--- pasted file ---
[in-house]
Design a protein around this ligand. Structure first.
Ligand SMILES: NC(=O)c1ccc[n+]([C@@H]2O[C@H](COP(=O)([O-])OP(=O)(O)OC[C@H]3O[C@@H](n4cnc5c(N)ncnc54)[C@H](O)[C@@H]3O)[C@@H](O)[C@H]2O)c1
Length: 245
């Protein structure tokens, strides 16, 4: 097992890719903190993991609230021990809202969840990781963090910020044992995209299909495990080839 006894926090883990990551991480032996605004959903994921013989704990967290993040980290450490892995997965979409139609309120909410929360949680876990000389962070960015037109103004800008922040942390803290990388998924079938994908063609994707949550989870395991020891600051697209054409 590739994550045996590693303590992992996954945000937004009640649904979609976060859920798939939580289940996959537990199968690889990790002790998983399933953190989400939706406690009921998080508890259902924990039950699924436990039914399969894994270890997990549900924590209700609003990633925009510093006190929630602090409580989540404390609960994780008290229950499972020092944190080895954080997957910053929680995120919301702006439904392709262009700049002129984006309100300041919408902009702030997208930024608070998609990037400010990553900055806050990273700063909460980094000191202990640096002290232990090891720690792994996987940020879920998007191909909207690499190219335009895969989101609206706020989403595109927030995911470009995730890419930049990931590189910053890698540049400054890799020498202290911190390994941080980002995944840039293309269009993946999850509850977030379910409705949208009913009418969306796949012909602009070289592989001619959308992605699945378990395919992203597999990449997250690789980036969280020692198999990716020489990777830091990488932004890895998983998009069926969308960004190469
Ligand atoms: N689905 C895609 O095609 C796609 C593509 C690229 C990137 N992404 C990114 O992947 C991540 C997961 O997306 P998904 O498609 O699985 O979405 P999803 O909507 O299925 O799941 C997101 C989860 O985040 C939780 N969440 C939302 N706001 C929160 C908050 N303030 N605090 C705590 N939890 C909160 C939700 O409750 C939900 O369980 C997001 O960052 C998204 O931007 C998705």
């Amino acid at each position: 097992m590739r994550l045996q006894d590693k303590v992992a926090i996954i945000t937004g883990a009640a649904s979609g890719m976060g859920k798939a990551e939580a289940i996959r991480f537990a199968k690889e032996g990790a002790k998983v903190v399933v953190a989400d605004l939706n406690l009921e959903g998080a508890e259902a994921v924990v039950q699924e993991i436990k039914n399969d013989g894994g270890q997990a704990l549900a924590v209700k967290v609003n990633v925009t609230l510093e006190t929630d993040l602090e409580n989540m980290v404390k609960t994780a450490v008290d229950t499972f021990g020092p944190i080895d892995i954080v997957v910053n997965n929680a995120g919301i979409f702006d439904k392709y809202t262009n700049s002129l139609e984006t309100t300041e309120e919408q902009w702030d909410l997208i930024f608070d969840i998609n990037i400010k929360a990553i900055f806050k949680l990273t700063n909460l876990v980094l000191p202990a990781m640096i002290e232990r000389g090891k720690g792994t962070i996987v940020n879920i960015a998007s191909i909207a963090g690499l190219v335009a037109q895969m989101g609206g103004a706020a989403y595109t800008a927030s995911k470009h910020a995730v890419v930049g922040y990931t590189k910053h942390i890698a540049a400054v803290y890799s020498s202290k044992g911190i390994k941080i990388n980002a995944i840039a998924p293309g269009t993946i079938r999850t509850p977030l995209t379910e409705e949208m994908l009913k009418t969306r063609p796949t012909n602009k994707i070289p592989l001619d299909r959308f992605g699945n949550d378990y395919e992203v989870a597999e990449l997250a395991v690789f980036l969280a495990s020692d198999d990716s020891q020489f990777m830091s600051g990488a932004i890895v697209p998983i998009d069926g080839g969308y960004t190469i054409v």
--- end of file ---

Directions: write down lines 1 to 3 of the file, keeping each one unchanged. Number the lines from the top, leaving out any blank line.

[in-house]
Design a protein around this ligand. Structure first.
Ligand SMILES: NC(=O)c1ccc[n+]([C@@H]2O[C@H](COP(=O)([O-])OP(=O)(O)OC[C@H]3O[C@@H](n4cnc5c(N)ncnc54)[C@H](O)[C@@H]3O)[C@@H](O)[C@H]2O)c1